The problem is that discovery scientists can usefully redefine success for themselves. Sure, active compounds are great, and clinical candidates are great, but you also have to know when you’ve done a good job, whether the rats agreed with you or not. A fast, thorough job is worth being proud of no matter what. But in the clinic, well, success is hard to argue with and hard to argue away from: do your compounds work? Well enough so that people will pay money for them? If not, well . . . there really is a bottom line out there, and by the time you’re in the clinic, it’s very much in sight.
No, there’s no way to sidestep our clinical failure rates. They’re going to have to improve, and we’re going to have to find a way to spend less money, either by running them better or avoiding some of them completely. It’s not easy. If you think that fighting City Hall is hard, try fighting reality.
In the Pipeline – Process Chemistry Makes the Headlines
Not a common occurrence, that. But this Wall Street Journal article (http://on.wsj.com/jbjYy0) goes into details on some efforts to improve the synthetic route to Viread (tenofovir) (or, to be more specific, TDF, the prodrug form of it, which is how it’s dosed). This is being funded by former president Bill Clinton’s health care foundation:
The chasm between the need for the drugs and the available funding has spurred wide-ranging efforts to bring down the cost of antiretrovirals, from persuading drug makers to share patents of antiretrovirals to conducting trials using lower doses of existing drugs.
Beginning in 2005, the Clinton team saw a possible path in the laboratory to lowering the price of the drugs. Mr. Clinton’s foundation had brokered discounts on first-line AIDS drugs, many of which were older and used relatively simple chemistry. Newer drugs, with advantages such as fewer side effects, were more complex and costly to make . . . A particularly difficult step in the manufacture of the antiretroviral drug tenofovir comes near the end. The mixture at that point is “like oatmeal, making it very difficult to stir,” explained Prof. Fortunak. That slows the next reaction, a problem because the substance that will become the drug is highly unstable and decomposing, sharply lowering the yield.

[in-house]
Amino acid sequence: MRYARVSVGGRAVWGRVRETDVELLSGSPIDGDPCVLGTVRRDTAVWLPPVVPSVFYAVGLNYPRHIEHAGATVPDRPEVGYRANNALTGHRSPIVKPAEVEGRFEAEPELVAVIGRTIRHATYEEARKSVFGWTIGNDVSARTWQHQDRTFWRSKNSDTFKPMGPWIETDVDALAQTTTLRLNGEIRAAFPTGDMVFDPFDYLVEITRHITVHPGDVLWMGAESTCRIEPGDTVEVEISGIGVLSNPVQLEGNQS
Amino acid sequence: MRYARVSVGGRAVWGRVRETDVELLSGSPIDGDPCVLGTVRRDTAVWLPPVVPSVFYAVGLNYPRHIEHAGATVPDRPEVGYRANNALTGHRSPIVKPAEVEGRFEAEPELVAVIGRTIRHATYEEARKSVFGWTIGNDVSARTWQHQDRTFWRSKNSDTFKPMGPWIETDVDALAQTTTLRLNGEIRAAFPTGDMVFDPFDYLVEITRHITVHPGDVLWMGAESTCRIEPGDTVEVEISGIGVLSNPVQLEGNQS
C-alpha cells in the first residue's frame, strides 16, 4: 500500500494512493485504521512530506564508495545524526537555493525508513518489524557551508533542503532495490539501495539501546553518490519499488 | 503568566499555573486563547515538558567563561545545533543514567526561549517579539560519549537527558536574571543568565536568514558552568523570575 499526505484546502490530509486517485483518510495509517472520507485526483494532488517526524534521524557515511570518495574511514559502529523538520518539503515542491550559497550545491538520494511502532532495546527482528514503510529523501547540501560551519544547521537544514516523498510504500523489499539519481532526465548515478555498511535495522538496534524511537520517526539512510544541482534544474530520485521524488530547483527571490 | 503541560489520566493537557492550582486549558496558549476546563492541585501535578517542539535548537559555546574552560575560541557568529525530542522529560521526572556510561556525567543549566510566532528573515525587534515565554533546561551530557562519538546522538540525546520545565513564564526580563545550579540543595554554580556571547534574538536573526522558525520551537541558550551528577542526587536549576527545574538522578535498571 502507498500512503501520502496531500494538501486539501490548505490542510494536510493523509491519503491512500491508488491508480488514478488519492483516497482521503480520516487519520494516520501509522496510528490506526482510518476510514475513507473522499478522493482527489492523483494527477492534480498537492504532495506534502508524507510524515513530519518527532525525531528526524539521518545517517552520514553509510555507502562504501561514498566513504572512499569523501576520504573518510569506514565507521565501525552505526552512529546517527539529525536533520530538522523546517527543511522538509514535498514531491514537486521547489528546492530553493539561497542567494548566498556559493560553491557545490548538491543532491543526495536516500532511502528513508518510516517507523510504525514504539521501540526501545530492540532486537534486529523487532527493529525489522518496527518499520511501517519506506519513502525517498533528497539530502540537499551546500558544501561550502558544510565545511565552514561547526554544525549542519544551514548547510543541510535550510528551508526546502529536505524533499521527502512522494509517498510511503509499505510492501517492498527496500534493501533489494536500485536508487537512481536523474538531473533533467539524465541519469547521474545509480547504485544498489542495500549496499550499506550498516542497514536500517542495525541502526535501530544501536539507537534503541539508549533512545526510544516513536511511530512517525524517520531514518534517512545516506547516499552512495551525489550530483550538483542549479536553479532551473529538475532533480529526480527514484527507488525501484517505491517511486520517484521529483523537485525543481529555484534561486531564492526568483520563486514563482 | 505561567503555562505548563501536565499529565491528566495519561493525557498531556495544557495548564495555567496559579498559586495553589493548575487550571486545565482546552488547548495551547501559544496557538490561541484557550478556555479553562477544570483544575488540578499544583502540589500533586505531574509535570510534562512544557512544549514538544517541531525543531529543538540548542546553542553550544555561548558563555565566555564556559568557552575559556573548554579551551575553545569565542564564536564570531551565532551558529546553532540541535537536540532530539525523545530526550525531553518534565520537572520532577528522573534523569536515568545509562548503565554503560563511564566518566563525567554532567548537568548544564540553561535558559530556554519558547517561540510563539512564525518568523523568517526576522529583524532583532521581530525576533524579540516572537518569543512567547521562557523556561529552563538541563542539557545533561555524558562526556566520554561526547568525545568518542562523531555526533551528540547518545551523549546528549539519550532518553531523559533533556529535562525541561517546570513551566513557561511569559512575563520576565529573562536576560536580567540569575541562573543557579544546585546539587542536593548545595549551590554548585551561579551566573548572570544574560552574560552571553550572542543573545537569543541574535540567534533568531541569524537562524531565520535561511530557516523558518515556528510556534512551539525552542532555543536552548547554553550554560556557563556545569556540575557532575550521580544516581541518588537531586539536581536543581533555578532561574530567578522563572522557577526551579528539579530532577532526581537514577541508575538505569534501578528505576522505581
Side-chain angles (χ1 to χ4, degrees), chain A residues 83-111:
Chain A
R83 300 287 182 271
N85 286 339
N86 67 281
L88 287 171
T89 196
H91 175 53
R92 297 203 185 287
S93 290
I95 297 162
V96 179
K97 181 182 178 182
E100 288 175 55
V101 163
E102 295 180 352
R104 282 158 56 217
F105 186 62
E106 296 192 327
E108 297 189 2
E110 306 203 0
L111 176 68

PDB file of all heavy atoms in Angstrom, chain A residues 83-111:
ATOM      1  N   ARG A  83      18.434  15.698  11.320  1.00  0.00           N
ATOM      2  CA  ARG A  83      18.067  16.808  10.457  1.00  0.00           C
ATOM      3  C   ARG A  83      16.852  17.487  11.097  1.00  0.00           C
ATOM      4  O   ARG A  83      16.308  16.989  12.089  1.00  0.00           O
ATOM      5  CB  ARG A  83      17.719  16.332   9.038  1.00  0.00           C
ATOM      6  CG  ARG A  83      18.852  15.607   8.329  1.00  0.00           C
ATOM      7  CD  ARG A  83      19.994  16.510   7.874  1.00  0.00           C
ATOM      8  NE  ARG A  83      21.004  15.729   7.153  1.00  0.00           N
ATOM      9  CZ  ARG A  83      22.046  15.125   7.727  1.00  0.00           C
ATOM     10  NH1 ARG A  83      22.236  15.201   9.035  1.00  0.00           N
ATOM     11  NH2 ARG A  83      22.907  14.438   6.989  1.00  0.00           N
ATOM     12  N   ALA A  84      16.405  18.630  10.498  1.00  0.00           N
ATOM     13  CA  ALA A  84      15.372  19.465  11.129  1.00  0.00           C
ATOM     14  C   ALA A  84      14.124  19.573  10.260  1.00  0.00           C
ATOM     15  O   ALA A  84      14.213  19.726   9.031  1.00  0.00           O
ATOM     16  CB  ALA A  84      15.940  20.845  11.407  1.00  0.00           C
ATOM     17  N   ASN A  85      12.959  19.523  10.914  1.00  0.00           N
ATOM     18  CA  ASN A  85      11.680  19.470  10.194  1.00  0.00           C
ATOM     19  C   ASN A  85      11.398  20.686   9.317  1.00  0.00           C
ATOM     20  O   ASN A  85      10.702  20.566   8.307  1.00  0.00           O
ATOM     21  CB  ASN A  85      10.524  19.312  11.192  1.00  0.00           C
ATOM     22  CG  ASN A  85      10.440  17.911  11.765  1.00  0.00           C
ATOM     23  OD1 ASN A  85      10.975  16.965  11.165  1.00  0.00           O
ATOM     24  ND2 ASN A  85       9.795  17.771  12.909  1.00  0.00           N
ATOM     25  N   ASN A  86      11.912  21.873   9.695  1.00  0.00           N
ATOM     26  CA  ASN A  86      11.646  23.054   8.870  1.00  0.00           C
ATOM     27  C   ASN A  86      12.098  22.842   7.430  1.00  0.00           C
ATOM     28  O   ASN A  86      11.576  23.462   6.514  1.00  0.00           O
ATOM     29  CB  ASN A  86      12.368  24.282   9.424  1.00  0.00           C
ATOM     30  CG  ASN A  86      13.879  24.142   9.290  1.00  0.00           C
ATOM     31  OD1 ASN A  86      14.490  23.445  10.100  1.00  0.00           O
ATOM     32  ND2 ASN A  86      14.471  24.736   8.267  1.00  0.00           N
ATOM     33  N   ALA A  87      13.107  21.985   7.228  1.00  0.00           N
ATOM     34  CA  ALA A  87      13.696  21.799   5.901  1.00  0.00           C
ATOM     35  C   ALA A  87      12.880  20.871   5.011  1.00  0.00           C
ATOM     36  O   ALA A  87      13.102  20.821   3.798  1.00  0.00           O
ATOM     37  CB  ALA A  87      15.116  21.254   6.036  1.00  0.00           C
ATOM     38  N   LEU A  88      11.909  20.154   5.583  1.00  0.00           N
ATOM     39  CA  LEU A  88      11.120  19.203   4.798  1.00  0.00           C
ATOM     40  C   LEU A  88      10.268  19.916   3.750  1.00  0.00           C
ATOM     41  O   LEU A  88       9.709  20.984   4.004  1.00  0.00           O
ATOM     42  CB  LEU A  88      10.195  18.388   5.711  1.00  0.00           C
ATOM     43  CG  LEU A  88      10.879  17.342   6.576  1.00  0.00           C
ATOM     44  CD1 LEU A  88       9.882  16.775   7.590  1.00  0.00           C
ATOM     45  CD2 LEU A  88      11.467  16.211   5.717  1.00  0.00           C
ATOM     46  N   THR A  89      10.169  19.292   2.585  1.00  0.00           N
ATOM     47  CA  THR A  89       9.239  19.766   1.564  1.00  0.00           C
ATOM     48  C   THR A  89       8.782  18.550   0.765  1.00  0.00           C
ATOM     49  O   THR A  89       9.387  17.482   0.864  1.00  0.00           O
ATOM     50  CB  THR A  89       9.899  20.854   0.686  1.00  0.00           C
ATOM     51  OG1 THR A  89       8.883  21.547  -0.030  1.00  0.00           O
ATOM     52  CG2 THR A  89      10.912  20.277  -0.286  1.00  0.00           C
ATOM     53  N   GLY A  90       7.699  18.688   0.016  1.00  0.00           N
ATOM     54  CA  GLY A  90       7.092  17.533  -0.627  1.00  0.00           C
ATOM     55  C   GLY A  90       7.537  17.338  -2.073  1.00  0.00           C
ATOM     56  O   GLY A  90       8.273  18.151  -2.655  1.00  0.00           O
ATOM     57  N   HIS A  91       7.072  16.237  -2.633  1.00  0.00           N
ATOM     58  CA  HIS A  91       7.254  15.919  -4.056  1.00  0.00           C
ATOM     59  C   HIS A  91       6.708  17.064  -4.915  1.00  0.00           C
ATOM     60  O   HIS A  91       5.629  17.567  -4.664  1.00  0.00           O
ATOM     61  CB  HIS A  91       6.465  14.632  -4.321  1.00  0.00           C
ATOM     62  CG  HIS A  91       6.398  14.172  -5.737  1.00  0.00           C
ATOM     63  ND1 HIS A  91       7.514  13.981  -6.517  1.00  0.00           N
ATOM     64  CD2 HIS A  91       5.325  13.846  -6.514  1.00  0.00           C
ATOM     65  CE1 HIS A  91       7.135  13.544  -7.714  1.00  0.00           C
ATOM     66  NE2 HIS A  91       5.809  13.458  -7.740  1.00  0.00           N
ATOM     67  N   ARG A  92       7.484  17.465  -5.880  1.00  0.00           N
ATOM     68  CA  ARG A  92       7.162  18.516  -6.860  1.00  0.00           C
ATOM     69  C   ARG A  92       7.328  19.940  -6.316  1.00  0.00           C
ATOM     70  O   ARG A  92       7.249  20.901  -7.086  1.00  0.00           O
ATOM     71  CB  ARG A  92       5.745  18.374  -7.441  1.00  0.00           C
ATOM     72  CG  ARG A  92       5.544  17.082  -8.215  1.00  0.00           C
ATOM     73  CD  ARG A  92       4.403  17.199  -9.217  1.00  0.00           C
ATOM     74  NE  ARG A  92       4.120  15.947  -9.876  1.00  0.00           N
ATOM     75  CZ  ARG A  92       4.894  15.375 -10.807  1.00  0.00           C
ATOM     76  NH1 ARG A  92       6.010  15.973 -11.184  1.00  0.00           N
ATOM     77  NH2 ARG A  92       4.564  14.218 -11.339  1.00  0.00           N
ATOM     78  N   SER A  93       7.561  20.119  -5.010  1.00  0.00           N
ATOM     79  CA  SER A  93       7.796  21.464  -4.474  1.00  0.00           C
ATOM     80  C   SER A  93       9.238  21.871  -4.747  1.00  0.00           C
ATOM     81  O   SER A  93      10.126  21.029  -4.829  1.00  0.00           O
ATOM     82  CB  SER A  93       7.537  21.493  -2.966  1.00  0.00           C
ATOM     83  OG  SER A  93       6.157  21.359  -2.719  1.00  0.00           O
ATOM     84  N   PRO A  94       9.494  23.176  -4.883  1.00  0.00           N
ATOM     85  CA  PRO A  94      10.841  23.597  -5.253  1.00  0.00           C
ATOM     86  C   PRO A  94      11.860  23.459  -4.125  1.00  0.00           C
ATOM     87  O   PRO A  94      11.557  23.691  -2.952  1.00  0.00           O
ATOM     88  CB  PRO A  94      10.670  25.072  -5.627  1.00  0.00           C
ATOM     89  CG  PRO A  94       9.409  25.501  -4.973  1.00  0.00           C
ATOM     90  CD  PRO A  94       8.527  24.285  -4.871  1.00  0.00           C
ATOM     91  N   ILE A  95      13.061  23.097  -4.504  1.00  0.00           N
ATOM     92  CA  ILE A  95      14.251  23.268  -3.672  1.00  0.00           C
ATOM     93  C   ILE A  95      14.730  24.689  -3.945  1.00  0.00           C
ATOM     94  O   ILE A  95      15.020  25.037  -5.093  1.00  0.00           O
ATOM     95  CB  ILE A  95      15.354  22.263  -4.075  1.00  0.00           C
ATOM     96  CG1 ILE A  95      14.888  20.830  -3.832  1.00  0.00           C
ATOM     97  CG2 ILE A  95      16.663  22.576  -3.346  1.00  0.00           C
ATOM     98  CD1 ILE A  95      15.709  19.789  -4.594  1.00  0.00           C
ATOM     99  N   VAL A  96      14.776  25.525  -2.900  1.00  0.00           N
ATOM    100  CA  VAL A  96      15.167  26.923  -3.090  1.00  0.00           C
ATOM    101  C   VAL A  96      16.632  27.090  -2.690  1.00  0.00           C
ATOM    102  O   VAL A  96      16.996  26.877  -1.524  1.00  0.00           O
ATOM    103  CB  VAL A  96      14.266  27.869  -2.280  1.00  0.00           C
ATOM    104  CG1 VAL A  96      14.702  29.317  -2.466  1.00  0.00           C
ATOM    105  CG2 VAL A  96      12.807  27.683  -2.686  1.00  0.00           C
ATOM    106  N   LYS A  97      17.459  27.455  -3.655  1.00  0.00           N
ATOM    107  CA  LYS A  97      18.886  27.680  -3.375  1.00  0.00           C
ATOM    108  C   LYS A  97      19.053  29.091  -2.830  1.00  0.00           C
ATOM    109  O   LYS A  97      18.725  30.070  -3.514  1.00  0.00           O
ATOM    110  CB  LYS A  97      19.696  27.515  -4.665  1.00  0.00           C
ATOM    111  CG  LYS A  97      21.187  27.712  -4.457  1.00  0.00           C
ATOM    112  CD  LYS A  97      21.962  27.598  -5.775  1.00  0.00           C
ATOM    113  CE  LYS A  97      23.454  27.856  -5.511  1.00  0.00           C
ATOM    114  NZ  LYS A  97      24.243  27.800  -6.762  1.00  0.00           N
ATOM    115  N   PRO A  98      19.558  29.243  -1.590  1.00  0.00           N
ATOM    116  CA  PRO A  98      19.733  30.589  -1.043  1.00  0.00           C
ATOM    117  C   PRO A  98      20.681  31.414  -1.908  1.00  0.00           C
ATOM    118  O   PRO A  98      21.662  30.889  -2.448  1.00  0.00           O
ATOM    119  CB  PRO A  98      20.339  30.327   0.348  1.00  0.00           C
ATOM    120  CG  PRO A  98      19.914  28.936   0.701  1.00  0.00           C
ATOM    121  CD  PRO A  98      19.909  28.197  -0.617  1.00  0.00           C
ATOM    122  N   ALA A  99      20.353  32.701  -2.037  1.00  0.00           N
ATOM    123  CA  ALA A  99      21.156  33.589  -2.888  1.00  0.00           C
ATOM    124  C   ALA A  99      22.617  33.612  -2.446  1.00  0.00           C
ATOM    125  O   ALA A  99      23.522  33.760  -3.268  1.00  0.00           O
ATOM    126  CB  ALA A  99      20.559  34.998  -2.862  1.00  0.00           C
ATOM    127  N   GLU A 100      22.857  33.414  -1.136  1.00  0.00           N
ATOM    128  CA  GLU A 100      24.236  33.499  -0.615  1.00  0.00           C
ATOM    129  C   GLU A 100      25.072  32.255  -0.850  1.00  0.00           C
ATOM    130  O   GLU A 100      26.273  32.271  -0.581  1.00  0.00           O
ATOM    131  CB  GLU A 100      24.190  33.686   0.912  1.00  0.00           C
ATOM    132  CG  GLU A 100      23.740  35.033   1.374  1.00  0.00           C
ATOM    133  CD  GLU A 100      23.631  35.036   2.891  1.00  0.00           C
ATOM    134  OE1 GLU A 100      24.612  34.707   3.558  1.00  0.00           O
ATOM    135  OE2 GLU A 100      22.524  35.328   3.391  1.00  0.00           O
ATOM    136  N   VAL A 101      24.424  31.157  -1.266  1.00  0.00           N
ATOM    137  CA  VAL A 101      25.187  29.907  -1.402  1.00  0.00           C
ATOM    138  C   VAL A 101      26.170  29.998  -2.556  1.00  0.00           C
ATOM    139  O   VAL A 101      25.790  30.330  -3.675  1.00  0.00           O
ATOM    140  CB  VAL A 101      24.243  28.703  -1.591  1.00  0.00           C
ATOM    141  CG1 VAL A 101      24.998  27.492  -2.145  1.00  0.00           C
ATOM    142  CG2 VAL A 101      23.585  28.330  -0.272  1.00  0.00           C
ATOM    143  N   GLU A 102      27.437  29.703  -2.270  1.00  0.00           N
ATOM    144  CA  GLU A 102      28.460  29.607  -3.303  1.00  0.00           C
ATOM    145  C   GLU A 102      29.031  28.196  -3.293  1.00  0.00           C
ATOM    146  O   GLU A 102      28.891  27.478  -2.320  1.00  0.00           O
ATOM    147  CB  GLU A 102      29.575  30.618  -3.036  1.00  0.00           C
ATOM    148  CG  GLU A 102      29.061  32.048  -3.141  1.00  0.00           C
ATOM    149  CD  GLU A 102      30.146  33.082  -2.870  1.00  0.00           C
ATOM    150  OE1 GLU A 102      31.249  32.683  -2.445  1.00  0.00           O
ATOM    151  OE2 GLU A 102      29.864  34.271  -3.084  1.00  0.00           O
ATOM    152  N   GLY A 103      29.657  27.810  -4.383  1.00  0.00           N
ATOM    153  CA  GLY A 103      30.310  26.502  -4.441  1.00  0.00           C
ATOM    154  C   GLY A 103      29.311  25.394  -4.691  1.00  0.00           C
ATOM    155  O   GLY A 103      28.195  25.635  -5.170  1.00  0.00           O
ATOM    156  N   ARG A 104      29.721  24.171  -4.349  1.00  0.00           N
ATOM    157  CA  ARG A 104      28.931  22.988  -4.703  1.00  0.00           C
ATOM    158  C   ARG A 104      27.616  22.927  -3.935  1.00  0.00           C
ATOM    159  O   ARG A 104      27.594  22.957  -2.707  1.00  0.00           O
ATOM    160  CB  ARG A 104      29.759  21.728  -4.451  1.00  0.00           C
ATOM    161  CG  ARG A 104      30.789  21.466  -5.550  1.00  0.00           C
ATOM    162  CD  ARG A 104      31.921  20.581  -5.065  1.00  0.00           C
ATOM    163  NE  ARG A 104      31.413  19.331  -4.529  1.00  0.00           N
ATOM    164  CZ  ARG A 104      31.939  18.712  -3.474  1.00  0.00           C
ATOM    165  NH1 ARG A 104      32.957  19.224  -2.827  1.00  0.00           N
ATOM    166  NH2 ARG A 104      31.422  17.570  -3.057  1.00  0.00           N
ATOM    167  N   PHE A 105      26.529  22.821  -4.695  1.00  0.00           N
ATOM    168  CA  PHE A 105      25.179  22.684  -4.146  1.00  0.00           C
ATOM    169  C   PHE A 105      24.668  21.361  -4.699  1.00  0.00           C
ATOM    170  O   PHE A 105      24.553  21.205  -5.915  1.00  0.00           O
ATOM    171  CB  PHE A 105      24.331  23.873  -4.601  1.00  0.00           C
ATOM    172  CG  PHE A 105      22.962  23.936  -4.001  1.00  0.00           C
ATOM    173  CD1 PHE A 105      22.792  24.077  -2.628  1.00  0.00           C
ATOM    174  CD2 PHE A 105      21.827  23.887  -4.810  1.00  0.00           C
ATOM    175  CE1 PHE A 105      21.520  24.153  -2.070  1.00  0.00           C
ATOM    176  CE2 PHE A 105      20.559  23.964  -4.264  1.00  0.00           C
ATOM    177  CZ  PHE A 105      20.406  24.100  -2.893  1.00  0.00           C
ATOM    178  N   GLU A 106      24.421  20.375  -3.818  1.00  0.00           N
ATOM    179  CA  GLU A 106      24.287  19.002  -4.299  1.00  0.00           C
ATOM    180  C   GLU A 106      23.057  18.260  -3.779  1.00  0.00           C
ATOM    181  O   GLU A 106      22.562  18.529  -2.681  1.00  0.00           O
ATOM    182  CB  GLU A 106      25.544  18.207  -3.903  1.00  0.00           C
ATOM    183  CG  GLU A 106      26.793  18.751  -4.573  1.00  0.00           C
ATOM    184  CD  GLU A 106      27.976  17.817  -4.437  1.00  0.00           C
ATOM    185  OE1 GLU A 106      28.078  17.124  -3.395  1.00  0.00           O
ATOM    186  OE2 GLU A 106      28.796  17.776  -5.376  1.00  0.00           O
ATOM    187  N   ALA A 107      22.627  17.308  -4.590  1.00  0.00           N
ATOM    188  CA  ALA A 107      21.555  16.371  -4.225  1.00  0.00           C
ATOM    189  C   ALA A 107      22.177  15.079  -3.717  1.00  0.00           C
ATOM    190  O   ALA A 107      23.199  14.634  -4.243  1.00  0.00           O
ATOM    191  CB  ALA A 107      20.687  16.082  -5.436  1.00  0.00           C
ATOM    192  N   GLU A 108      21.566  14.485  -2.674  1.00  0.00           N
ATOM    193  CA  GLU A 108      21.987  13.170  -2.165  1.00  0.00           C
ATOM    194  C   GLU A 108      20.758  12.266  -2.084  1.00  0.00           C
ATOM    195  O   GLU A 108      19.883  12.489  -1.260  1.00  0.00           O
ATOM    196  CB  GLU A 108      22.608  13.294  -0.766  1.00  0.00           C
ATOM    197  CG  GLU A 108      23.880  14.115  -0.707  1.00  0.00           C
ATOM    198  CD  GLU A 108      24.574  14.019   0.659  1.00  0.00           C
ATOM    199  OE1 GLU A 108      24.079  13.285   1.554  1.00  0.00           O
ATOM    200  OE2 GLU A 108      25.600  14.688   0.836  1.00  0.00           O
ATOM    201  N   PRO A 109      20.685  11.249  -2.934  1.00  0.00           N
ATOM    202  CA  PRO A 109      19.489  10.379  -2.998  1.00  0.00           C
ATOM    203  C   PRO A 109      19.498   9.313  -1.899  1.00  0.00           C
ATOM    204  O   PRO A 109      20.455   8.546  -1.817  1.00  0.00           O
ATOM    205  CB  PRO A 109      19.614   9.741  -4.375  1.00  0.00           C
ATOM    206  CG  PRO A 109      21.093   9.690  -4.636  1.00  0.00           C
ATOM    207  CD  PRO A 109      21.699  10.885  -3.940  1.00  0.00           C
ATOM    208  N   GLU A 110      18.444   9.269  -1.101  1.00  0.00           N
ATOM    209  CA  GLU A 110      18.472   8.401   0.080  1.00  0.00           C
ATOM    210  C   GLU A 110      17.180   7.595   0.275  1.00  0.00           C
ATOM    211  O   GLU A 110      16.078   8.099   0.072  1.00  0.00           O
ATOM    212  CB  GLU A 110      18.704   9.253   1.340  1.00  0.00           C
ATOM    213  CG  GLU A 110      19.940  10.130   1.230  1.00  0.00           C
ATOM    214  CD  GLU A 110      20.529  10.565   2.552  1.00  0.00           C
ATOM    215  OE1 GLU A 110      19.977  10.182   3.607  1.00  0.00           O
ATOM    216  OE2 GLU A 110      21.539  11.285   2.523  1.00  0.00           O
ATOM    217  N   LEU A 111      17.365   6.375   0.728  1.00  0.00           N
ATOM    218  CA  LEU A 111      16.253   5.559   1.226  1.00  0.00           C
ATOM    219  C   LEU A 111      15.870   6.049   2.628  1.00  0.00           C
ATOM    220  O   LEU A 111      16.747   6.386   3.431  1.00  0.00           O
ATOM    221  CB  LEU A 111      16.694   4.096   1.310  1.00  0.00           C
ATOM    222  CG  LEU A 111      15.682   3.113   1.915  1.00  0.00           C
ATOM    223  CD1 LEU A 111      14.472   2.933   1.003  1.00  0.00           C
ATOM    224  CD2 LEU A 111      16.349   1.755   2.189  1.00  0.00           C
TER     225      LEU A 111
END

Fortunak himself is a former Abbott researcher, now at Howard University. One of his students does seem to have improved that step, thinning out the reaction mixture (which was gunking up with triethylammonium salts) and improving the stability of the compound in it. (Here’s the publication on this work (http://bit.ly/johxUM), which highlights that step, formation of a phosphate ester, which is greatly enhanced with addition of tetrabutylammonium bromide). This review has more on production of TDF and other antiretrovirals: http://bit.ly/mPVhpW
This is a pure, 100% real-world process chemistry problem, as the readers here who do it for a living will confirm, and it’s very nice to see this kind of work get the publicity that it deserves. People who’ve never synthesized or (especially) manufactured a drug generally don’t realize what a tricky business it can be. The chemistry has to work on large scale — above all! — and do so reproducibly, hitting the mark every time using the least hazardous reagents possible, which have to be reliably sourced at reasonable prices. And physically, the route has to avoid extremes of temperature or pressure, with mixtures that can be stirred, pumped from reactor to reactor, filtered, and purified without recourse to the expensive techniques that those of us in the discovery labs use routinely. Oh, and the whole process has to produce the least objectionable waste stream that you can come up with, too, in case you’ve got all those other factors worked out already. Not an easy problem, in most cases, and I wish that some of those people who think that drug companies don’t do any research of their own would come down and see how it’s done.
To give you an example of these problems, the paper on this tenofovir work mentions that the phosphate alkylation seems to work best with magnesium t-butoxide, but that the yield varies from batch to batch, depending on the supplier. And in the workup to that reaction, you can lose product in the cake of magnesium salts that have to be filtered out, a problem that needs attention on scale.
According to the article, an Indian generic company is using the Howard route for tenofovir that’s being sold in South Africa. (Tenofovir is not under patent protection in India). Interestingly, two of the big generic outfits (Mylan and Cipla) say that they’d already made their own improvements to the process, but the question of why that didn’t bring down the price already is not explored. Did the Clinton foundation improve a published Gilead route that someone else had already fixed? Cipla apparently does the same phosphate alkylation, but the only patent filing of theirs that I can find that addresses tenofovir production is this one (http://bit.ly/iTvl4u), on its crystalline form. Trade secret?
from http://pipeline.corante.com/ on 5/13/2011
Copyright Derek Lowe, 2011
Derek B. Lowe has been employed since 1989 in pharmaceutical drug discovery in several therapeutic areas. His blog, In the Pipeline, is located at http://www.corante.com/pipeline and is an awfully good read. He can be reached at email@example.com.